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VMware CPU Scheduling

Question asked by peter.mitchell on Feb 23, 2016
Latest reply on Feb 25, 2016 by Alec Kemp

I was reading VMTurbo blog: http://vmturbo.com/blog/still-waiting-on-that-cpu-ready-queue-line/

I tried to post a comment, but the website errors saying that log in is required.  (even if I'm logged into the VMTurbo).

 

can y'all fix that?

 

Anyway, I'll just post what I was going to say, here:

 

I've been doing research on this topic, and I came upon this blog post.  I've been seeing some conflicting information about the CPU scheduler in ESXi.  It seems that your analogy fits what ESX was doing in 2.x as per this white paper:
https://www.vmware.com/files/pdf/techpaper/VMware-vSphere-CPU-Sched-Perf.pdf

 

"Strict Co-Scheduling in ESX 2.x

Strict co-scheduling was implemented in ESX 2.x and discontinued in ESX 3.x. In the strict co-scheduling algorithm, the CPU scheduler maintains a cumulative skew per each vCPU of a multiprocessor virtual machine. The skew grows when the associated vCPU does not make progress while any of its siblings makes progress.
If the skew becomes greater than a threshold, typically a few milliseconds, the entire virtual machine would be stopped (co-stop) and will only be scheduled again (co-start) when there are enough pCPUs available to schedule all vCPUs simultaneously. This ensures that the skew does not grow any further and only shrinks.
The strict co-scheduling might cause CPU fragmentation. For example, a 4-vCPU multiprocessor virtual machine might not be scheduled even if there are three idle pCPUs. This results in scheduling delays and lower CPU utilization."

 

However, this doesn't match up with what the whitepaper describes as the current scheduling algorithm:

 

"Relaxed Co-Scheduling
Co-scheduling executes a set of threads or processes at the same time to achieve high performance. Because multiple cooperating threads or processes frequently synchronize with each other, not executing them concurrently would only increase the latency of synchronization. For example, a thread waiting to be signaled by another thread in a spin loop might reduce its waiting time by being executed concurrently with the signaling thread.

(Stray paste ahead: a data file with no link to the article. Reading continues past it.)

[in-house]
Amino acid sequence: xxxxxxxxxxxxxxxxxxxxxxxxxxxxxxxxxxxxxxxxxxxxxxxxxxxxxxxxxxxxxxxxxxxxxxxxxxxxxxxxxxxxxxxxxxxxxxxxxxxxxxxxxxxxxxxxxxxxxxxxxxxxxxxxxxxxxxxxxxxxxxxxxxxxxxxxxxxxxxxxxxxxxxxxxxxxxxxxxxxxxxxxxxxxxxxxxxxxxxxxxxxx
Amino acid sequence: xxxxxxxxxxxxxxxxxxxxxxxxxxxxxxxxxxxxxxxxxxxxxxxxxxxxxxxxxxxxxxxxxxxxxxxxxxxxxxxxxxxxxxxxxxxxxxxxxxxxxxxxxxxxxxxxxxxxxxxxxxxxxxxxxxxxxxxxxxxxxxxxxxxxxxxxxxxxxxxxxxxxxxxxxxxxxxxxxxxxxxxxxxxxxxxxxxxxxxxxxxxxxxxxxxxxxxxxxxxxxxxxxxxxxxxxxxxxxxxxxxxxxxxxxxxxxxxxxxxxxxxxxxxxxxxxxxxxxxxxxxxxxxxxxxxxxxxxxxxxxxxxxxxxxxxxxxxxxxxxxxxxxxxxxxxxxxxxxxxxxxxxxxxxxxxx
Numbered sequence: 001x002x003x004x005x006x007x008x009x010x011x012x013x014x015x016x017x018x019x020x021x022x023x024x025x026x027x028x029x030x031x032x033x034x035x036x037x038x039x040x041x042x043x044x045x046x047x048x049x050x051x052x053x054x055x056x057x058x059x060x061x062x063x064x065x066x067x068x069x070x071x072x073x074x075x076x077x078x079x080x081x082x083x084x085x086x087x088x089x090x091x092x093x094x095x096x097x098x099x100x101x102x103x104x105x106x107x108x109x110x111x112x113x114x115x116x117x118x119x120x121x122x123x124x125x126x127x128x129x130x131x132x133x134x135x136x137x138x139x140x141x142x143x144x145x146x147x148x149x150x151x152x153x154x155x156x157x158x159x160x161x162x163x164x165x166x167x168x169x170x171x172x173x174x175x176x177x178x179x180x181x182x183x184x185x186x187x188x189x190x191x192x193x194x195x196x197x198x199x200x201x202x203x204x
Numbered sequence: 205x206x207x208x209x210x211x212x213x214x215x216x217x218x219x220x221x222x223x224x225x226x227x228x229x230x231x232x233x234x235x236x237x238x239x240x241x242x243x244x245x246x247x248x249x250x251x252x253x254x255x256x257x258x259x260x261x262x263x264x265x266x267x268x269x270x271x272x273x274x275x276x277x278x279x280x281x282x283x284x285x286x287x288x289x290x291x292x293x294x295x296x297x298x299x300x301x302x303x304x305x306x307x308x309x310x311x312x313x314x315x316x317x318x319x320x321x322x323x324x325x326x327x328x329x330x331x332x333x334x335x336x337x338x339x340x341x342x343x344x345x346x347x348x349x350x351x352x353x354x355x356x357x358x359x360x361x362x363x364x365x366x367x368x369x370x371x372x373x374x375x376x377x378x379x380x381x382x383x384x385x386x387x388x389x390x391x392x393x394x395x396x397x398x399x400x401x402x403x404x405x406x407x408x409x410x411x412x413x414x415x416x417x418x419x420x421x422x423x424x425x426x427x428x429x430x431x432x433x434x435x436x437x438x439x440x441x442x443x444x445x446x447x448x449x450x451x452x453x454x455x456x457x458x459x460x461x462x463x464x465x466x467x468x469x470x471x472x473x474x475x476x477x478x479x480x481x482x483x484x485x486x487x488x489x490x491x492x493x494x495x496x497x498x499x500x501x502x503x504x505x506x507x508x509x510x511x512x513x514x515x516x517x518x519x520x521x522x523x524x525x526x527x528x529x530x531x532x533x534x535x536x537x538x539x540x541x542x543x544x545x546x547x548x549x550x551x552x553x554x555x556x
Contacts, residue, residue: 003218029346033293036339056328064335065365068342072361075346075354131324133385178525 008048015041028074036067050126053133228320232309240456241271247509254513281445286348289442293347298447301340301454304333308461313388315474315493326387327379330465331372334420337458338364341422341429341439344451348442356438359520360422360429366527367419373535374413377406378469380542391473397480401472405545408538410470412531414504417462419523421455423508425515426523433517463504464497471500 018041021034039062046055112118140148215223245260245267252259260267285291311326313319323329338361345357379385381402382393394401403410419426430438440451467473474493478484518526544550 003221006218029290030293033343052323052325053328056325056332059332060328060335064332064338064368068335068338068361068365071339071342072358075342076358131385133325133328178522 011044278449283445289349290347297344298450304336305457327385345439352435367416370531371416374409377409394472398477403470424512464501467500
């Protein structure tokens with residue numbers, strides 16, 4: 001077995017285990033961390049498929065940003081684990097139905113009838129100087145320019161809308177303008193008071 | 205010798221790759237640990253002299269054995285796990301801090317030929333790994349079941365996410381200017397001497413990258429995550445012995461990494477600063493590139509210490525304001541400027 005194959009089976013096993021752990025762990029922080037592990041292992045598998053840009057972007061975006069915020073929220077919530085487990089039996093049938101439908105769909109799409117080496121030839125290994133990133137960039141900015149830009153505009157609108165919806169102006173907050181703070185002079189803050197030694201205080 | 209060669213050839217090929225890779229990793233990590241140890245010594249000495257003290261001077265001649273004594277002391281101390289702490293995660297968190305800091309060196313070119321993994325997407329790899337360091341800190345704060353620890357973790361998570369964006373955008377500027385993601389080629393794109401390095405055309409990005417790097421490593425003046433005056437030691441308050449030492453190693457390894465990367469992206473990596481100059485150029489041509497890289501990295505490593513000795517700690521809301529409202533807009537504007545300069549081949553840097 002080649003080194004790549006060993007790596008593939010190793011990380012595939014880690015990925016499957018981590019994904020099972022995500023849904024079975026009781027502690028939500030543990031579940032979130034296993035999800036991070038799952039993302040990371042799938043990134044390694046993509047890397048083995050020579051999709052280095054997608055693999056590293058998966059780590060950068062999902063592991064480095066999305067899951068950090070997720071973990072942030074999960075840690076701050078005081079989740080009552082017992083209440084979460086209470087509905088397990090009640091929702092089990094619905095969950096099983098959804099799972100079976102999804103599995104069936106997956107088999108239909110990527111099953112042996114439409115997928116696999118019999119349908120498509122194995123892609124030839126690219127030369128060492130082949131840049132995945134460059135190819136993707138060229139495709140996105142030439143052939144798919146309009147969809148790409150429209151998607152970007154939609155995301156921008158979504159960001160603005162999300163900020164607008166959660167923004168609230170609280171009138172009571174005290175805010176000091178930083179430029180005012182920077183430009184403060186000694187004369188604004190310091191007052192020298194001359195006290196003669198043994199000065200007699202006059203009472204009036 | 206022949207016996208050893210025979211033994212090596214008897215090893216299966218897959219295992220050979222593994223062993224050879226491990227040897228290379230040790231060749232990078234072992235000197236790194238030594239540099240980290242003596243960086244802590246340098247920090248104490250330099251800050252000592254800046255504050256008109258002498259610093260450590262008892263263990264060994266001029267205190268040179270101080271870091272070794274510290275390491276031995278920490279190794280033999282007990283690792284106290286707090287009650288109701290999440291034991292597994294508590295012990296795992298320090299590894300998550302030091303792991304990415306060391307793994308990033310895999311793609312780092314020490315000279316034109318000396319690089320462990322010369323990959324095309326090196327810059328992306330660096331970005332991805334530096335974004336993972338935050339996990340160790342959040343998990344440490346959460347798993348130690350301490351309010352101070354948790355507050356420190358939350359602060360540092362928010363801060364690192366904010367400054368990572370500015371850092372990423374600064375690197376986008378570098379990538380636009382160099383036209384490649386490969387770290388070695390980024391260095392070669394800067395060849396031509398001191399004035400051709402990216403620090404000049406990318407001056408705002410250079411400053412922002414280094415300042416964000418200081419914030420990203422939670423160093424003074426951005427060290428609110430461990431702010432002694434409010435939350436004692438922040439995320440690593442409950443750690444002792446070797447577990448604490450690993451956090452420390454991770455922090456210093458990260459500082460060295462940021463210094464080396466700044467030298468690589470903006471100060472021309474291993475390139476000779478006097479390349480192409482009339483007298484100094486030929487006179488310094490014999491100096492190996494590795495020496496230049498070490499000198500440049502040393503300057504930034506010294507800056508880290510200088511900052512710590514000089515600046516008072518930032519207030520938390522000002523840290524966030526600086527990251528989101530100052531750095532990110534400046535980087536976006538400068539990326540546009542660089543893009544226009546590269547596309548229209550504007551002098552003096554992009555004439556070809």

An operating system requires synchronous progress on all its CPUs, and it might malfunction when it detects this requirement is not being met. For example, a watchdog timer might expect a response from its sibling vCPU within the specified time and would crash otherwise. When running these operating systems as a guest, ESXi must therefore maintain synchronous progress on the virtual CPUs.
The CPU scheduler meets this challenge by implementing relaxed co-scheduling of the multiple vCPUs of a multiprocessor virtual machine. This implementation allows for some flexibility while maintaining the illusion of synchronous progress. It meets the needs for high performance and correct execution of guests. For this purpose, the progress of a vCPU is measured where a vCPU is considered making progress when it executes guest instructions or it is in the IDLE state. Then, the goal of co-scheduling is to keep the difference in progress between sibling vCPUs, or the “skew,” bounded."

 

Anyway, if anybody has any other information on this, that would be appreciated. 

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